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Brandeis University's Community Newspaper — Waltham, Mass.

The Nashim issue, and a chemistry story

Published: January 27, 2006
Section: Opinions

I looked at my article and the rest of the Opinions section of last weeks Hoot. What did I find? The other articles were controversial and were written to open up dialogue amongst students regarding such situations as interreligious relations on campus as well as the Nashim Talent Show controversy. Sitting at my laptop to write this article, I have two options. I have a strong opinion regarding the Nashim issue, and I also have a story on Chemistry brewing in my head. The casual reader is now screaming in his or her head, You numbskull! As you read this article, theres a decent shot you would prefer to read something that would get your blood flowing, something to either (1) draw your ire or (2) silently applaud the points I make.

To tell you the truth, I got riled up by my friend,David Peposes article on the Nashim issue, namely with the points raised against funding Nashim. (By the way, nice job to Pep on a good treatment of both sides of the argument.) It probably wouldnt be incredibly difficult for me to blab for a while about the stupidity I see behind the whole argument. I am friendly with one member of the group that argued against the funding of the Talent Show. Maybe I am a wimp, but Im going to hold off on a tirade against him and against other friends and acquaintances with whom I disagree, even on issues about which I am passionate.

People debate everything here at Brandeis, with Hoot dialogue a microcosm of the exchanges of the broader campus community. Theres the Democrat-Republican bickering, tension between members of different Jewish social and religious groups, arguments over interaction between Jewish and non-Jewish students, and the list goes on. Am I going to try to convince people we have perfect relations between all groups and individuals here at Brandeis? No. How about a complete absence of all prejudices? No. Finally, does it matter that we agree on the precise magnitude of problems we have on campus with interaction between different groups? Not so much.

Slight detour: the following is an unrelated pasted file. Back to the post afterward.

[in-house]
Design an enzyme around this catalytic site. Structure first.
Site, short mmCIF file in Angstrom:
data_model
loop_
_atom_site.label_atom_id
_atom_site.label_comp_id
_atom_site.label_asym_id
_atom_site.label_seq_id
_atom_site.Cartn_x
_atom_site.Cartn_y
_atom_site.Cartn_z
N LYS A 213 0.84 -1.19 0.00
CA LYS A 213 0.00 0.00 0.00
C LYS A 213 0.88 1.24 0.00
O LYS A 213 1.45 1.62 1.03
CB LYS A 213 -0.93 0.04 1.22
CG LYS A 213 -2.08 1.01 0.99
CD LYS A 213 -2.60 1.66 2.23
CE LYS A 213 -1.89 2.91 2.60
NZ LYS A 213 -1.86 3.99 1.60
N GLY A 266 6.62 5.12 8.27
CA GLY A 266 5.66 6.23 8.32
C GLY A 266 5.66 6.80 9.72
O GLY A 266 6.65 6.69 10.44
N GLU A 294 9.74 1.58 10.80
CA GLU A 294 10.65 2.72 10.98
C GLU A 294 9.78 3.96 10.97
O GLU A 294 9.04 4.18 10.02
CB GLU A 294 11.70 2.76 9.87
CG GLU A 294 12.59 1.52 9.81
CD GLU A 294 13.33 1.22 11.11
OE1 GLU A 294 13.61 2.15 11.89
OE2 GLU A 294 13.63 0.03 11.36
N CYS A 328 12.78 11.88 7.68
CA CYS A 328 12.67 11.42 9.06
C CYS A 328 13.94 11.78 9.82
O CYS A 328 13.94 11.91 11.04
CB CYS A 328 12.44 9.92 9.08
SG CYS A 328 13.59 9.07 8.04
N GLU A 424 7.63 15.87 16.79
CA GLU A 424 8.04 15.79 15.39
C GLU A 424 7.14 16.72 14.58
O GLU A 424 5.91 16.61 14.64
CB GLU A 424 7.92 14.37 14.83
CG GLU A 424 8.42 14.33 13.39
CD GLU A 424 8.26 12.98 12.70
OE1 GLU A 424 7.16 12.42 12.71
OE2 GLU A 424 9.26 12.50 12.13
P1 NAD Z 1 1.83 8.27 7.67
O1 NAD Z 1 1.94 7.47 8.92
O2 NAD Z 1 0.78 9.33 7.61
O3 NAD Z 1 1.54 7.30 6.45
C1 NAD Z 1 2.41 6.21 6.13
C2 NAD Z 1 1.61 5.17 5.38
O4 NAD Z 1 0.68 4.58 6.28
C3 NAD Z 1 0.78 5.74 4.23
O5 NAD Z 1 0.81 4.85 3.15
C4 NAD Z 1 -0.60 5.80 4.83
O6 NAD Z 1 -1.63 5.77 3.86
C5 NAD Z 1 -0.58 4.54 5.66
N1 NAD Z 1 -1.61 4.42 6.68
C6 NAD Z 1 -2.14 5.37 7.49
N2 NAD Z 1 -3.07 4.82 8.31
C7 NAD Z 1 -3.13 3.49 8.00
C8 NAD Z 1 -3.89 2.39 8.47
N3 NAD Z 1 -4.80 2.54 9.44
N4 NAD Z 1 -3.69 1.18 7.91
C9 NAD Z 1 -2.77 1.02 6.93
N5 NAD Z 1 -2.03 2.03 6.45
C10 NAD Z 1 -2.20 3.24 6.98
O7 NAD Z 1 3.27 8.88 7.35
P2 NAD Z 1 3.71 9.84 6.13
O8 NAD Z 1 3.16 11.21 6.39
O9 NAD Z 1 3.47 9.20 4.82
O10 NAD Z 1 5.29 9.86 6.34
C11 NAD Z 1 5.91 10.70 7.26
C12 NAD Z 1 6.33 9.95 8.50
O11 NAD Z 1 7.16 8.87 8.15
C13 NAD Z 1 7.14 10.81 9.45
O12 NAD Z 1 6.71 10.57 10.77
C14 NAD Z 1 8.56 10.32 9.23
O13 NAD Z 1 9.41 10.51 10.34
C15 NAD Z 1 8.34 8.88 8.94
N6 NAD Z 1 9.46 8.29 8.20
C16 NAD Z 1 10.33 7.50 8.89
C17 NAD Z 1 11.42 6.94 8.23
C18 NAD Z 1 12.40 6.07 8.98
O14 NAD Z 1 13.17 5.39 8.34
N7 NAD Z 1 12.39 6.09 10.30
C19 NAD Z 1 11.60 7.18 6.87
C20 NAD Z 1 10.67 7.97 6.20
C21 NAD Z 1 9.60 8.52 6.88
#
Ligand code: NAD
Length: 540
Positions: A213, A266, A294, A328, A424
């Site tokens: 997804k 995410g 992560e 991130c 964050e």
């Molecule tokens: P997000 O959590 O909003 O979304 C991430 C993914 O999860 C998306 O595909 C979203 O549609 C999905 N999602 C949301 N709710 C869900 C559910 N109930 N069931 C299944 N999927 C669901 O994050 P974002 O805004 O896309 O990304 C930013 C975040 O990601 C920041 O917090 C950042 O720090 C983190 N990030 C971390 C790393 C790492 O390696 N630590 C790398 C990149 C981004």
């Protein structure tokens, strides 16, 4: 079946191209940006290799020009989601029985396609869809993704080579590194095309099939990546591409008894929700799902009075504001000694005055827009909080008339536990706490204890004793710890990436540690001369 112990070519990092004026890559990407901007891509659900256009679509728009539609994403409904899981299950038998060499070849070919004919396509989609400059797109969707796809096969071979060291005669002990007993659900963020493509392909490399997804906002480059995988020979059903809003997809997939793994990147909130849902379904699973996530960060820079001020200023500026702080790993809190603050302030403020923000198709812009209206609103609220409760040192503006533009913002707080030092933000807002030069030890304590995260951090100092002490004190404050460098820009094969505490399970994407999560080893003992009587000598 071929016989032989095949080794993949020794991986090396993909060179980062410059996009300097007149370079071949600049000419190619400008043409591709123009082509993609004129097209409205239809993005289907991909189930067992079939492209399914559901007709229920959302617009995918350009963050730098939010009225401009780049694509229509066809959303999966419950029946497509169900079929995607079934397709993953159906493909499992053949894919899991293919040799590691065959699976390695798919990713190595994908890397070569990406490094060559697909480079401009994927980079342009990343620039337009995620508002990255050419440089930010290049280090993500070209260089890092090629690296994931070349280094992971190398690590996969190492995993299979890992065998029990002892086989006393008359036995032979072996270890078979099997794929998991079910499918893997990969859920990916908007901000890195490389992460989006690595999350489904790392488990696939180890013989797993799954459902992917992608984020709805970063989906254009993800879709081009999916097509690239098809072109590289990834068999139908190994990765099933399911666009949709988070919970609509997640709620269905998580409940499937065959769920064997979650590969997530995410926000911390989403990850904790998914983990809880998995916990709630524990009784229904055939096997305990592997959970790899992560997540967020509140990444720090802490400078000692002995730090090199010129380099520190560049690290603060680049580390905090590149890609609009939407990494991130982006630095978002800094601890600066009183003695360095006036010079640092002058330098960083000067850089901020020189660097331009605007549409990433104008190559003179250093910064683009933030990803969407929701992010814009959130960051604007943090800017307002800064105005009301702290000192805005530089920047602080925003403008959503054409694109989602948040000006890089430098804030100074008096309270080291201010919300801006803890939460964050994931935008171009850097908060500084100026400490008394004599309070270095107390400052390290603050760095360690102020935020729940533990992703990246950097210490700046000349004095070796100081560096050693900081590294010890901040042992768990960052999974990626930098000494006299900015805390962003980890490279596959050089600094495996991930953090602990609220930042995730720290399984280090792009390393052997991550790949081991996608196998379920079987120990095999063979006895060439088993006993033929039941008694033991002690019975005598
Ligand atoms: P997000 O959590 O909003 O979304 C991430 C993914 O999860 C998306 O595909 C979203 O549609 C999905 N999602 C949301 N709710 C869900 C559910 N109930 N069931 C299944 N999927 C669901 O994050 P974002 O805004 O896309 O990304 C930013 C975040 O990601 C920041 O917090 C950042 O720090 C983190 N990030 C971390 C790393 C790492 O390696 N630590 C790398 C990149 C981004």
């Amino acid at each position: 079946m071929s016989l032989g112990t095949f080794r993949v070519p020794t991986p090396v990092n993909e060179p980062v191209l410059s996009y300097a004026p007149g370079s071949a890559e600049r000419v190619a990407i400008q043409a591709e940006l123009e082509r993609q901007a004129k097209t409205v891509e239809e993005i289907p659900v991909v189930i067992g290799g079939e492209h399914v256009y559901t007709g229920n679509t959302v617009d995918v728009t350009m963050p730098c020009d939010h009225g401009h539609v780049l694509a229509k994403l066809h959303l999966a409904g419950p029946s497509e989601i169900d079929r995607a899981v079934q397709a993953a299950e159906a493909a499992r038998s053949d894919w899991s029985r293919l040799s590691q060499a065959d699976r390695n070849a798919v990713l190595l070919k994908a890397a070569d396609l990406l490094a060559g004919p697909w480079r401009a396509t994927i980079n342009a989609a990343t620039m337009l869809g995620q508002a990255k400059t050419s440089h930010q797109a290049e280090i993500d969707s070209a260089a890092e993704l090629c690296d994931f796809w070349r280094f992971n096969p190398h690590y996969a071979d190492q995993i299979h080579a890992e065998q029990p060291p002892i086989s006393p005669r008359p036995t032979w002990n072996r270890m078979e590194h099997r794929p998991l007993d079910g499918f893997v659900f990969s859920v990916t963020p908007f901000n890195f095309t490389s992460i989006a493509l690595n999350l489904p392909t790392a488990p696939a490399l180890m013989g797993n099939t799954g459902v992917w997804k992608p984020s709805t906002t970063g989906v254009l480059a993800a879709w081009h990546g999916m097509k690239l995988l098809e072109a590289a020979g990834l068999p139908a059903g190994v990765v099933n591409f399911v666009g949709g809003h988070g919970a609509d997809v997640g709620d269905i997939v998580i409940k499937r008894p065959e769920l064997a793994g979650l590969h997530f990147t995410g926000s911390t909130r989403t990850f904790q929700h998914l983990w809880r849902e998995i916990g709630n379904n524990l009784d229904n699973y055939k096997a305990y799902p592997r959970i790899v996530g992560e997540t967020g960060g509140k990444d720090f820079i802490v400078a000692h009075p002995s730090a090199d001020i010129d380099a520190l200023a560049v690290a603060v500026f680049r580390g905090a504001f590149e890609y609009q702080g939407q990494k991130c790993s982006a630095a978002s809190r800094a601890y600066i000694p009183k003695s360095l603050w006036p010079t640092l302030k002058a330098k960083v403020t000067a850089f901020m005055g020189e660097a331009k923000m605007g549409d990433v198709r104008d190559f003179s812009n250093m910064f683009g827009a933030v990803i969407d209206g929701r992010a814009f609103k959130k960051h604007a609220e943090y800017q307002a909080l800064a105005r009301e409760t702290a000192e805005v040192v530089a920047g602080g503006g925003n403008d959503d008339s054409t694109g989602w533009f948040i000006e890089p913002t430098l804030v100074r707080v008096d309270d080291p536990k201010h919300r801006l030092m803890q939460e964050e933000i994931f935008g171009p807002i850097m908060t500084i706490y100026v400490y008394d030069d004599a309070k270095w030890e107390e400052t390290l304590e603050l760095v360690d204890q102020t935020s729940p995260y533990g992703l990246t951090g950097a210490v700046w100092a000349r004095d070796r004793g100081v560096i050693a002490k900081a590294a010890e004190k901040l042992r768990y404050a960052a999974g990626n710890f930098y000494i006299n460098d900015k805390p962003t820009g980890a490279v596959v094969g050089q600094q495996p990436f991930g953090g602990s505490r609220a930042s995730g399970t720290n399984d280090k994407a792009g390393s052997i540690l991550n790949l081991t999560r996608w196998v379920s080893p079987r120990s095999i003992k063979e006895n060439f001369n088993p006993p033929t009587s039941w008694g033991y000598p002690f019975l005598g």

I think its more important, more relevant for us to consider our individual relations with others outside of our social and religious circles. I know we have a lot of political and social activists who enjoy a good argument, but why not work on ourselves before blaming masses of other people?

My mother always says, It doesnt cost anything to be nice. Easier said than done, but an important lesson nonetheless. Are there people on your hall with very different value systems and views than you? Have you made the effort to meet your hall mates, maybe chill together to watch a football game or art show or something? I cannot speak for everyone, but theres usually something you can talk about with anyone youd meet here. Take your hall for example. My floor in East Quad is made up of twenty-one sophomore guys.

With over a minyan (quorum of ten) of observant Jewish students as well as a number of ZBT brothers and baseball and soccer players, I have a unique opportunity to be friendly with a number of guys with religious views similar to mine, as well as other guys with similar sports or other interests. Am I best buds with everyone on my floor? Of course not. Am I good at not judging people? No- it is something in which I have a lot of work to do. Further, I cannot say that I know the other twenty guys extremely well, but they all have something to offer me. I have had worthwhile conversations with a number of the guys I did not previously know.